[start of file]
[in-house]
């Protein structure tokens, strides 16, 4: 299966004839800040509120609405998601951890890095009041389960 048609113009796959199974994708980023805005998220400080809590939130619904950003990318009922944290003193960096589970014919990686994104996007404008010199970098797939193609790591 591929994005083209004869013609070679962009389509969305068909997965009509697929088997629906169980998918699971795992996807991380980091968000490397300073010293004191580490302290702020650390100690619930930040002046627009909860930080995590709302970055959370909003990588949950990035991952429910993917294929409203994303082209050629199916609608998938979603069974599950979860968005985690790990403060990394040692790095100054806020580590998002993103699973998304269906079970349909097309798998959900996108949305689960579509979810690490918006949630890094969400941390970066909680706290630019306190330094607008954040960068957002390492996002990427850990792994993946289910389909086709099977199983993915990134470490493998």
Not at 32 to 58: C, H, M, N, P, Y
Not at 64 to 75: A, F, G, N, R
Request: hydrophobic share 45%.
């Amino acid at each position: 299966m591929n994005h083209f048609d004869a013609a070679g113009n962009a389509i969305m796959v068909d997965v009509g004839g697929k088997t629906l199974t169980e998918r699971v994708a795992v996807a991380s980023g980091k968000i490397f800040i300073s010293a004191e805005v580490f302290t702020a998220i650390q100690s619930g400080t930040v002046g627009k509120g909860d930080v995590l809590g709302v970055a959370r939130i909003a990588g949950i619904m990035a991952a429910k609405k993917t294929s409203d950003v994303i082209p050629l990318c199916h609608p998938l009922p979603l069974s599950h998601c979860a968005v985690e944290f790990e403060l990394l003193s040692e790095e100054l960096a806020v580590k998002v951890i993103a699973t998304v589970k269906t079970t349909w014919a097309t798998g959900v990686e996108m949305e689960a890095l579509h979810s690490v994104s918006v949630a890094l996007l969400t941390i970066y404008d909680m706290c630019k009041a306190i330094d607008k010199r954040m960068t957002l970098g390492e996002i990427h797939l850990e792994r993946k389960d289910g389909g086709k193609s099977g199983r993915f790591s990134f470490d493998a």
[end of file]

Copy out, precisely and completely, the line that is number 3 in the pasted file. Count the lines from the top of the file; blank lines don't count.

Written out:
Not at 32 to 58: C, H, M, N, P, Y